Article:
My introduction to the glorious Maya Angelou came at the hand of my A Level English teacher who included individual hand picked poem in our leaving cards. I was quite surprised at just how perfect the poem in question was for me. It felt as though my teacher had pinned me down in literary verse, something she did for each individual in that class.
Reading Ships? again now I’m still struck by just how apt it was, and continues to be for the ‘just you watch’ attitude that seems my default setting when faced with doubt or scepticism of my ability. There’s a throwaway freedom in this poem which I wish I could emulate more often. “Life? ‘Course I’ll live it” is the attitude I wish I could tackle each day with, but more often than not I’m tired, distracted, appeased by sedentary habits. Sadly too, I must admit, that I’ve learnt how to spell failure the hard way, but it’s a lesson that’s not dampened my fortitude.
When she clipped this poem into the good luck card which went on to grace the walls of my student halls room, that teacher caught a snapshot of my younger and bolder self, whom I hope to always live up to, as well as a love for the work of Maya Angelou. Having since read her earliest memoirs and witnessed the woman stand alongside Barrack Obama at his inauguration, this poem has taken on greater meaning and significance for me, something of a symbol for what you can achieve regardless or rather, in spite of, your background or upbringing.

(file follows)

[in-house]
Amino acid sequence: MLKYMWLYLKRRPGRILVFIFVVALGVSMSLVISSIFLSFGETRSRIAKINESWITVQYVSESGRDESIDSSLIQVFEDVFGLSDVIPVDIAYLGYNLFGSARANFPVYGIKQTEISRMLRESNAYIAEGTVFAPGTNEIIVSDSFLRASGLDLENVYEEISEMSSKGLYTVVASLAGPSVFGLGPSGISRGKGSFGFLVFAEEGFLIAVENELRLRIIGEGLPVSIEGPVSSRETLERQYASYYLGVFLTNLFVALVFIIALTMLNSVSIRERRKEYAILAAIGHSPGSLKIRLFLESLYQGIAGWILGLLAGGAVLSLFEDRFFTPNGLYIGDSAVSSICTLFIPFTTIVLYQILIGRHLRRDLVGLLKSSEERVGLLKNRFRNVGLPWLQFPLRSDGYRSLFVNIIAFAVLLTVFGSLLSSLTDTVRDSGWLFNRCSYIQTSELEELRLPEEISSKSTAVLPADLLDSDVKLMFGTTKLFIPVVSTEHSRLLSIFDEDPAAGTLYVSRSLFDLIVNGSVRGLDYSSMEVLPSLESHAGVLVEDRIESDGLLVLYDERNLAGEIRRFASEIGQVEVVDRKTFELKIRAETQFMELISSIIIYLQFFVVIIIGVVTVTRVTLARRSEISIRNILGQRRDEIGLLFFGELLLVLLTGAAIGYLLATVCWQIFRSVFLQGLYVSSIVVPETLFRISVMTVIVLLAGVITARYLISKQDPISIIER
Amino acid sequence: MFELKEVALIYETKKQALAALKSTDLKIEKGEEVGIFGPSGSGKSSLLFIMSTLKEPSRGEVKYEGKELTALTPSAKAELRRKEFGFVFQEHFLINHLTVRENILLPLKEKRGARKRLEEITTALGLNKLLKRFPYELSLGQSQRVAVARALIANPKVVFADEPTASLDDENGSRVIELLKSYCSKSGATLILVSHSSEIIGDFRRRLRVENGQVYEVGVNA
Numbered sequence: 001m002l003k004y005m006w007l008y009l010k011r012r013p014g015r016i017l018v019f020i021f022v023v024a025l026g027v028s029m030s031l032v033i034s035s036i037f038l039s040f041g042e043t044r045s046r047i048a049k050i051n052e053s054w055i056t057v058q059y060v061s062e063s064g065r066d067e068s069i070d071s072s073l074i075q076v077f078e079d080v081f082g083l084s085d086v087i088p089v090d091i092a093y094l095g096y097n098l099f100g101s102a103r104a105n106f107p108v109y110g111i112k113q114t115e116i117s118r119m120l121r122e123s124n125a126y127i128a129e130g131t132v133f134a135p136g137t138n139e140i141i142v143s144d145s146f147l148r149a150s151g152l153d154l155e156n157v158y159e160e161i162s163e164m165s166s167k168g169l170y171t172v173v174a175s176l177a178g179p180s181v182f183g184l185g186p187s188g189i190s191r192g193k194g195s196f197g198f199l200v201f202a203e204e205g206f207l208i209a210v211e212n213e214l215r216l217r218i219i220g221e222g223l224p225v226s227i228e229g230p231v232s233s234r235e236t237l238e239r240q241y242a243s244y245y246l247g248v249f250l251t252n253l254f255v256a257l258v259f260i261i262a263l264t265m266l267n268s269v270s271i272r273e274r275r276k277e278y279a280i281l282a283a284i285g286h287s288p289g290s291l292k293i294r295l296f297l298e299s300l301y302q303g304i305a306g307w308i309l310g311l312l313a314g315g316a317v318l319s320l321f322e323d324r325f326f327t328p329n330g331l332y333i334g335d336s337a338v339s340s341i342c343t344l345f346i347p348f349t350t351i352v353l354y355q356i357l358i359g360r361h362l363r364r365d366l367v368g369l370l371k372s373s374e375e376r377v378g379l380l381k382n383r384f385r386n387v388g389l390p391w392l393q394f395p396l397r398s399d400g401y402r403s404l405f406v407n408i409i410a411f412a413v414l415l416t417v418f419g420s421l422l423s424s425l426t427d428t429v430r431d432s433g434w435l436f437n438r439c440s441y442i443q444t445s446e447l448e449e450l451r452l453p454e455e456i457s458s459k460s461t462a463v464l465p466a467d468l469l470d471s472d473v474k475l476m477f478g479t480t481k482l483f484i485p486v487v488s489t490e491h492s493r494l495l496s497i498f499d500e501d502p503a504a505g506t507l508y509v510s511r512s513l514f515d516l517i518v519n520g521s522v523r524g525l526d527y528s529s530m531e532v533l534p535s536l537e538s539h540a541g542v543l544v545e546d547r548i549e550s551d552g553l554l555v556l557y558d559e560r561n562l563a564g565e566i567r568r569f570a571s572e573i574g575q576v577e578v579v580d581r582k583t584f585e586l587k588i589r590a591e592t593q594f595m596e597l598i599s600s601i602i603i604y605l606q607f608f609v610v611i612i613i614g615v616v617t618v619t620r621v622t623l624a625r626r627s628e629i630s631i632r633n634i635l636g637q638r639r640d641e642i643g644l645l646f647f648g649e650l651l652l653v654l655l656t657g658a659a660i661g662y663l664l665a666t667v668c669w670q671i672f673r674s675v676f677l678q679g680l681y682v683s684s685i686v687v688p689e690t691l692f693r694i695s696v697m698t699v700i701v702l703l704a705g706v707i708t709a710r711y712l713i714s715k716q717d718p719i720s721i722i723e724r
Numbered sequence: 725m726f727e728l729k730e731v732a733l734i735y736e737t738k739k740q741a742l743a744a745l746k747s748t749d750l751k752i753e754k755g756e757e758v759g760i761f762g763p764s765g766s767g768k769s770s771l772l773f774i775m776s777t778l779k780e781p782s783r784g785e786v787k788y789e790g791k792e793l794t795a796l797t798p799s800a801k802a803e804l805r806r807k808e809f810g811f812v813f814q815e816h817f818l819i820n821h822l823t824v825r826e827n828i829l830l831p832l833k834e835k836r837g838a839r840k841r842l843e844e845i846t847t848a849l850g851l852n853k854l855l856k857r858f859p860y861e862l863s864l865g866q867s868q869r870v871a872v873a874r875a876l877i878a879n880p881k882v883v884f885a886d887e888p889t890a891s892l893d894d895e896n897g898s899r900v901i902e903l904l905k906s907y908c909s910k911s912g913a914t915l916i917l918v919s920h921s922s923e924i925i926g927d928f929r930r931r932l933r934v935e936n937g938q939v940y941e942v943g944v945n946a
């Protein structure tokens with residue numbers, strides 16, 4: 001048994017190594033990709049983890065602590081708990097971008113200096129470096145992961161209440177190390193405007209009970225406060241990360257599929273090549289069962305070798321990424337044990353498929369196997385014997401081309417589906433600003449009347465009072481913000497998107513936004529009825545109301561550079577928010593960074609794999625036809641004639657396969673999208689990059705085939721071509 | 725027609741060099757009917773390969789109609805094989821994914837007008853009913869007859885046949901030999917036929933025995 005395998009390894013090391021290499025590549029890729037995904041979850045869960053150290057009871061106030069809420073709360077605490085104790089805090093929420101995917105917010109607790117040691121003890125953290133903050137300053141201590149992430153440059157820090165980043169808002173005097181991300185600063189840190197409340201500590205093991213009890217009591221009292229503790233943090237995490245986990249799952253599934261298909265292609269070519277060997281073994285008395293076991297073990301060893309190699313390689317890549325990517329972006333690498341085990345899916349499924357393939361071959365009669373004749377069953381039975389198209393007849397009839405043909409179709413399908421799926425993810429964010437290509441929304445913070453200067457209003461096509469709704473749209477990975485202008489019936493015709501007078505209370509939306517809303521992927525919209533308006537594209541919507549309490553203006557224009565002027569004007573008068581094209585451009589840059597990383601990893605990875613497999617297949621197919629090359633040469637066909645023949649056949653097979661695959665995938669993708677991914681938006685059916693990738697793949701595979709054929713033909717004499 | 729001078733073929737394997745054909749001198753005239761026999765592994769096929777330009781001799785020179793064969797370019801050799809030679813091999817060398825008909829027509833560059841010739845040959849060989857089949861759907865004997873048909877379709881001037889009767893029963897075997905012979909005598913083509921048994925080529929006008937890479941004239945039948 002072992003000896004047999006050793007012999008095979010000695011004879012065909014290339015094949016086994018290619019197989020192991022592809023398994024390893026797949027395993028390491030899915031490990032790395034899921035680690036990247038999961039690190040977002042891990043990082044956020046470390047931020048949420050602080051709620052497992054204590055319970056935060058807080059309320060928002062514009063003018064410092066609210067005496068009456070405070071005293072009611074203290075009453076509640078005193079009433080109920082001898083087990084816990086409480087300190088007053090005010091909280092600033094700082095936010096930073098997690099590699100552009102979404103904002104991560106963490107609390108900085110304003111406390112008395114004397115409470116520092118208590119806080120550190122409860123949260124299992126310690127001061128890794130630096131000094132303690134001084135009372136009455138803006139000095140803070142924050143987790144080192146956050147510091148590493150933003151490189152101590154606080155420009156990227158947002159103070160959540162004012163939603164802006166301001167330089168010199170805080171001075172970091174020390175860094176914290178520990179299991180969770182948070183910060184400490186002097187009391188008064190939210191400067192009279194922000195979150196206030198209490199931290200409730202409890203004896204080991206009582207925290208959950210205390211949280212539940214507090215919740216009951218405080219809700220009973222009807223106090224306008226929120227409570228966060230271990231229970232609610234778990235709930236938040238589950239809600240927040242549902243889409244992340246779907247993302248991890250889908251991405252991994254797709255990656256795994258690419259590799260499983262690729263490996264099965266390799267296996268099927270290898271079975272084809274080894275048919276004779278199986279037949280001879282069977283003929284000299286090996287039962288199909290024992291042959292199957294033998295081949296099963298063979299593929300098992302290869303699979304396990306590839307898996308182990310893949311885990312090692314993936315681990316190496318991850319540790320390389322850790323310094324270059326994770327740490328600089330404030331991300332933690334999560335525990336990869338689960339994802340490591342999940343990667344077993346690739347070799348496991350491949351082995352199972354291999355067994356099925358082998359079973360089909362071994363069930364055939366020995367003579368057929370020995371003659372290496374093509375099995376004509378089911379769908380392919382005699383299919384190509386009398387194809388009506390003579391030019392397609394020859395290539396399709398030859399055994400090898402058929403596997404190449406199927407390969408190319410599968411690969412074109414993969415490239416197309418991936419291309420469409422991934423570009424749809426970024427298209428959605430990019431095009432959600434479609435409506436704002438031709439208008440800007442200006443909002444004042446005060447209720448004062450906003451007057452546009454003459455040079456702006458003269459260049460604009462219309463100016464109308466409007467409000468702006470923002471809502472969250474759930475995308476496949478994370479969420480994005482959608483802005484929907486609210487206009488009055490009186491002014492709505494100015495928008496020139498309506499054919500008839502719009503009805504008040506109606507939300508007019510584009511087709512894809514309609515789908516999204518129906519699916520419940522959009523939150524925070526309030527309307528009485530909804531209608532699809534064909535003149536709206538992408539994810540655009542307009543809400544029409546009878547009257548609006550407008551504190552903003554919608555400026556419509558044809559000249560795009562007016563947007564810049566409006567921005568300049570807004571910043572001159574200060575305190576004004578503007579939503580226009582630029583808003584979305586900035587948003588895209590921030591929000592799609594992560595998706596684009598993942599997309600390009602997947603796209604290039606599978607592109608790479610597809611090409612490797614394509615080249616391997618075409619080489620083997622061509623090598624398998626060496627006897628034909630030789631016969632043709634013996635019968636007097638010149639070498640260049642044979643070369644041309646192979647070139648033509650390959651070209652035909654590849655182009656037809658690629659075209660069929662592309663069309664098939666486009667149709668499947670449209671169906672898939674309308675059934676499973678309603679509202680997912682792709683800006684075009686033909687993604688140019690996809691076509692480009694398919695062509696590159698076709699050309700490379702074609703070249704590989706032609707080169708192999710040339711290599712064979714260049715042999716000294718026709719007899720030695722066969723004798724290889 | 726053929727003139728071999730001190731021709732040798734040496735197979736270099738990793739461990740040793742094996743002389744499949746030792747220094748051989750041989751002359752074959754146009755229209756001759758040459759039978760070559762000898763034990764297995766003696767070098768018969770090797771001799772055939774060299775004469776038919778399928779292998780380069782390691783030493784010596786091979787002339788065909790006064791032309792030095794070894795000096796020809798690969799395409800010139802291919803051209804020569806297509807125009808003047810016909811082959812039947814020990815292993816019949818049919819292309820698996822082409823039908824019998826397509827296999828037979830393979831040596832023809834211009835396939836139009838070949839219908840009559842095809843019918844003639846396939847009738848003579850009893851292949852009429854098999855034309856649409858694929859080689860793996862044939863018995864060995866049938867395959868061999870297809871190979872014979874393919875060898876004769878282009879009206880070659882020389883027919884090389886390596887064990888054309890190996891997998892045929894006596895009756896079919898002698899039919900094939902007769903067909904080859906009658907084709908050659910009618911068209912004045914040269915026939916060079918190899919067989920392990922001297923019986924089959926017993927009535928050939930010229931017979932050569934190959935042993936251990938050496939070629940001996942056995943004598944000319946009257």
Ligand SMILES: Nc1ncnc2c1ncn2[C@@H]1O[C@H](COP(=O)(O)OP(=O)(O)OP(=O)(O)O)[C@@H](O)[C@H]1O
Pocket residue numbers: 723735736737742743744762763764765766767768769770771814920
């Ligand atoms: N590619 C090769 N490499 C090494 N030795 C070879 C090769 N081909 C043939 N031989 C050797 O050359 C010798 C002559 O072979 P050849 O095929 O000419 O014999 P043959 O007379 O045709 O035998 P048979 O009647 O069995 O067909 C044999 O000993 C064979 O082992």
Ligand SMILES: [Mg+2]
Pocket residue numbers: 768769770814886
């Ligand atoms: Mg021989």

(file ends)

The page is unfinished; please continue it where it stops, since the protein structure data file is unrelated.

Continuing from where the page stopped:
We are only three poems into this slapdash collection of personal favourites but already it seems, the poet is often as inspiring as the poem. If you haven’t read her poetry before I implore you to go immediately to the nearest second hand bookshop and purchase a collection. And while you’re there, keep your eyes peeled for any of the six (yes, six) volumes of Angelou’s autobiographical writings, beginning with I Know Why the Caged Bird Sings which will both break and lift your heart.* She is a truly incredible woman who lived a truly awe-inspiring life.
You can expect to see her name crop up in this collection again sometime soon.
Ships? Sure I’ll Sail Them
Sure I’ll sail them
Show me the boat,
If it’ll float,
I’ll sail it.
Yes, I’ll love them.
If they’ve got style,
to make me smile,
I’ll love them.
‘Course I’ll live it.
Just enough breath,
Until my death,
And I’ll live it.
I’m not ashamed to tell it,
I’ve never learned to spell it,
* On reading I Know Why the Caged Bird Sings: During a quiet shift at my old bar job I muscled my way through much of this book, begrudgingly putting it down on the odd occasion someone disturbed my peace in the want of a drink. But at one point in the narrative I was compelled to put the book down immediately, and to walk away from it in distress. If you’re familiar with the Friends episode where Joey has to put The Shining in the fridge, you’ll know what I’m describing. Angelou has written honestly and openly about some of the horrific abuse which she endured as a very young child and it really is harrowing. Be prepared.